Medieval-esque phrases like "habeo abire" and "is habet scire" do not break the rules of Classical Latin, but I know that they were much more common afterward. This construction interests me greatly, because it's yet another "weird English thing" explained. However, as you might expect, it's quite difficult to search through an online corpus (if only corpus had a different accusative so that I could do a "or shall I say" thing) when the word habere has so many meanings. So my question is: how was "have to" used before the Middle Ages? Was it recorded at all? When was it first encountered? What were the opinions on it's usage at the time? I wouldn't consider these as multiple questions, but rather as suggestions for the ways in which one could answer my question.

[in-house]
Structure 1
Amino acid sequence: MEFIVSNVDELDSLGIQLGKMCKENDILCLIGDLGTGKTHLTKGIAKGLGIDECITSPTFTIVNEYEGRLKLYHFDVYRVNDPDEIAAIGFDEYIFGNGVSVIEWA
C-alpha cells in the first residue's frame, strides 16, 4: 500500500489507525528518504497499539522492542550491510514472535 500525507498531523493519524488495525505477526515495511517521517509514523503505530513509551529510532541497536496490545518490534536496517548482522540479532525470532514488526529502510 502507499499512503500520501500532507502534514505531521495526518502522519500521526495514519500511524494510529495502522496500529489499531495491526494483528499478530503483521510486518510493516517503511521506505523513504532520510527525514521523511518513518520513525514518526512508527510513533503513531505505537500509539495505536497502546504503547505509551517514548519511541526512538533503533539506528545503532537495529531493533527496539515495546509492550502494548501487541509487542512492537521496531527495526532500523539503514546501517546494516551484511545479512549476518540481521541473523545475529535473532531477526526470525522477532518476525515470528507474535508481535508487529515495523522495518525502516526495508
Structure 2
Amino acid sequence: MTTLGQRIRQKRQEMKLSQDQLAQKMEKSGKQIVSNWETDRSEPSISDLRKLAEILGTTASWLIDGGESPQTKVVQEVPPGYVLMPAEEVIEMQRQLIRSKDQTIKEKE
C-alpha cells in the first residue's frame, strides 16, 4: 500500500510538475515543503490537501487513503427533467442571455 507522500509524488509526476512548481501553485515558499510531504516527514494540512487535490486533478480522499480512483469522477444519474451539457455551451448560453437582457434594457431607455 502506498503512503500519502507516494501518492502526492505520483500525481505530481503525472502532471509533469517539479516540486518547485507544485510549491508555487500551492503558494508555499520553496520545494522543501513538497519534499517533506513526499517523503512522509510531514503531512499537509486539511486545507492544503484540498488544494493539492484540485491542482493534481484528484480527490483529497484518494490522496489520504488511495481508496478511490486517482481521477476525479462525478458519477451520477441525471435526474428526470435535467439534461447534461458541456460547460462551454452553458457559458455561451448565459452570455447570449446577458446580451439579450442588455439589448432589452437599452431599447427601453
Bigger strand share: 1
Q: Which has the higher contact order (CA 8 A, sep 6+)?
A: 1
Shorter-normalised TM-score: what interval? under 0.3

There is a lot of material for you in the Thesaurus Linguae Latinae, VI, 3 ('habeo') col. 2454, 53 sqq., in col. 2455,65 sqq. also for the future (which might correspond more to the English 'I have to go' etc.). The secondary literature given in the TLL is probably outdated by now, but the examples are valid.